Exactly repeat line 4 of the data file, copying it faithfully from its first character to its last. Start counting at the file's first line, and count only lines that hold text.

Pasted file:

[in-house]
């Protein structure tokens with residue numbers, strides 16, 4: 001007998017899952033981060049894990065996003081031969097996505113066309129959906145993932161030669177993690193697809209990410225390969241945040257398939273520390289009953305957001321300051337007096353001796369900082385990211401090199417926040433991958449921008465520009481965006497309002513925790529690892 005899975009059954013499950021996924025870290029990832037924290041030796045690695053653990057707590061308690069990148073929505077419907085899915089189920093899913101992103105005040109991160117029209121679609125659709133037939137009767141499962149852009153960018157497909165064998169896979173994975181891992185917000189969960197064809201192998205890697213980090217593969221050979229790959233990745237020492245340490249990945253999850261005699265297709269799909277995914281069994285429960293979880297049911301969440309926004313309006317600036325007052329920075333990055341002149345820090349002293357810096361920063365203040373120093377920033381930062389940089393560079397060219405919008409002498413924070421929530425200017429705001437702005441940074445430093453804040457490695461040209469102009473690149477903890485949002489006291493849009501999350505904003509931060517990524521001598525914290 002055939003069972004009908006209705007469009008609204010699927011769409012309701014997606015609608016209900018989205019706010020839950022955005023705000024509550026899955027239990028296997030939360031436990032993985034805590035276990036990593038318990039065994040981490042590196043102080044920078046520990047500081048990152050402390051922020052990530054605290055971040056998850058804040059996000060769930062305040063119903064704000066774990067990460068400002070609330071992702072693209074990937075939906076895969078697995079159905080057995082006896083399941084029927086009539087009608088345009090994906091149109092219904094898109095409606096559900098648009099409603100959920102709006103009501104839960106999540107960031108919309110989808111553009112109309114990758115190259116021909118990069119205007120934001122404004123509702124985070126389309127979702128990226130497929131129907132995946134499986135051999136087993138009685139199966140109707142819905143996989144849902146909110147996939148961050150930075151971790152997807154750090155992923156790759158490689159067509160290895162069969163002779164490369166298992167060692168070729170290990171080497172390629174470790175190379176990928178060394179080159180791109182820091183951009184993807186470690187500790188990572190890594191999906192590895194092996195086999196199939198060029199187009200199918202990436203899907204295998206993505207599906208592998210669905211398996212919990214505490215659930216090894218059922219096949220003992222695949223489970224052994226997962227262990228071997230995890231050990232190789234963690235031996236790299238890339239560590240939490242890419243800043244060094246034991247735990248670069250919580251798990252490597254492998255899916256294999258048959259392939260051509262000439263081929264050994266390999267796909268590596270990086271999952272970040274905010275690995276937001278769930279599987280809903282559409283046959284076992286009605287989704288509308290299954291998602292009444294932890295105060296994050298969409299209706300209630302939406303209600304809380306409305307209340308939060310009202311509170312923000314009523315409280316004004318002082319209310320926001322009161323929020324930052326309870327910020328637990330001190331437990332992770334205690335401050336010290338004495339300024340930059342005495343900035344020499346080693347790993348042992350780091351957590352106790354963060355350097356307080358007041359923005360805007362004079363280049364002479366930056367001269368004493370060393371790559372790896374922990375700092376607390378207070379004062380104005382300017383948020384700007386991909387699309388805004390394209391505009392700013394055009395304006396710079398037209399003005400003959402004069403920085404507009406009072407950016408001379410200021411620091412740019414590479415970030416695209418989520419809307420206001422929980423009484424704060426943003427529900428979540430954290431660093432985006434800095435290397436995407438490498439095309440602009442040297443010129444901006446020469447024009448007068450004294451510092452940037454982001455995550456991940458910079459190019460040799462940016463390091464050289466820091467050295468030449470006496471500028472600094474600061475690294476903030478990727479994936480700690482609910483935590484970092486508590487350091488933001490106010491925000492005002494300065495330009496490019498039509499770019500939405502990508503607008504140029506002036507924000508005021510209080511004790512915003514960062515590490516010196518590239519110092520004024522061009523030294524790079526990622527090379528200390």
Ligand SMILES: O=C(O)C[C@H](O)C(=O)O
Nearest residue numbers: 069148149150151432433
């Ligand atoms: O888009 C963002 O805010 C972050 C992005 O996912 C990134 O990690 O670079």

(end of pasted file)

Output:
Nearest residue numbers: 069148149150151432433